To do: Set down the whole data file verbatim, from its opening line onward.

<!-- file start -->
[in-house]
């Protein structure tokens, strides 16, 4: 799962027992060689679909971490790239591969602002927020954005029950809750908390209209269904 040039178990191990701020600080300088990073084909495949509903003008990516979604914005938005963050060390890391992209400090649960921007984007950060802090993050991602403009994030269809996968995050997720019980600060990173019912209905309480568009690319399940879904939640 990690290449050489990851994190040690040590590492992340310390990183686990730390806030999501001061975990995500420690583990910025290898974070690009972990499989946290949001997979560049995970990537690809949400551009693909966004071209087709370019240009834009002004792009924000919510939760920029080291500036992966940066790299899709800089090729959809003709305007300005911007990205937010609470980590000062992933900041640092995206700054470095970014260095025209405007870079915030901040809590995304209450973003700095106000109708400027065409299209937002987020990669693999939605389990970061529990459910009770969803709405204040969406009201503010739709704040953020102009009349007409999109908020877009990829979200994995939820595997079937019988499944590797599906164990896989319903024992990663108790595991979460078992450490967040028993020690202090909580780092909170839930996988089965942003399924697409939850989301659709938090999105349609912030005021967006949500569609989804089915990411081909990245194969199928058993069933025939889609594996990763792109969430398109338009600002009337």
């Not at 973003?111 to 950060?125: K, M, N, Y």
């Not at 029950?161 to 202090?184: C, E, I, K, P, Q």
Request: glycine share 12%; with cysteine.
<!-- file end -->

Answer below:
[in-house]
């Protein structure tokens, strides 16, 4: 799962027992060689679909971490790239591969602002927020954005029950809750908390209209269904 040039178990191990701020600080300088990073084909495949509903003008990516979604914005938005963050060390890391992209400090649960921007984007950060802090993050991602403009994030269809996968995050997720019980600060990173019912209905309480568009690319399940879904939640 990690290449050489990851994190040690040590590492992340310390990183686990730390806030999501001061975990995500420690583990910025290898974070690009972990499989946290949001997979560049995970990537690809949400551009693909966004071209087709370019240009834009002004792009924000919510939760920029080291500036992966940066790299899709800089090729959809003709305007300005911007990205937010609470980590000062992933900041640092995206700054470095970014260095025209405007870079915030901040809590995304209450973003700095106000109708400027065409299209937002987020990669693999939605389990970061529990459910009770969803709405204040969406009201503010739709704040953020102009009349007409999109908020877009990829979200994995939820595997079937019988499944590797599906164990896989319903024992990663108790595991979460078992450490967040028993020690202090909580780092909170839930996988089965942003399924697409939850989301659709938090999105349609912030005021967006949500569609989804089915990411081909990245194969199928058993069933025939889609594996990763792109969430398109338009600002009337």
């Not at 973003?111 to 950060?125: K, M, N, Y």
């Not at 029950?161 to 202090?184: C, E, I, K, P, Q």
Request: glycine share 12%; with cysteine.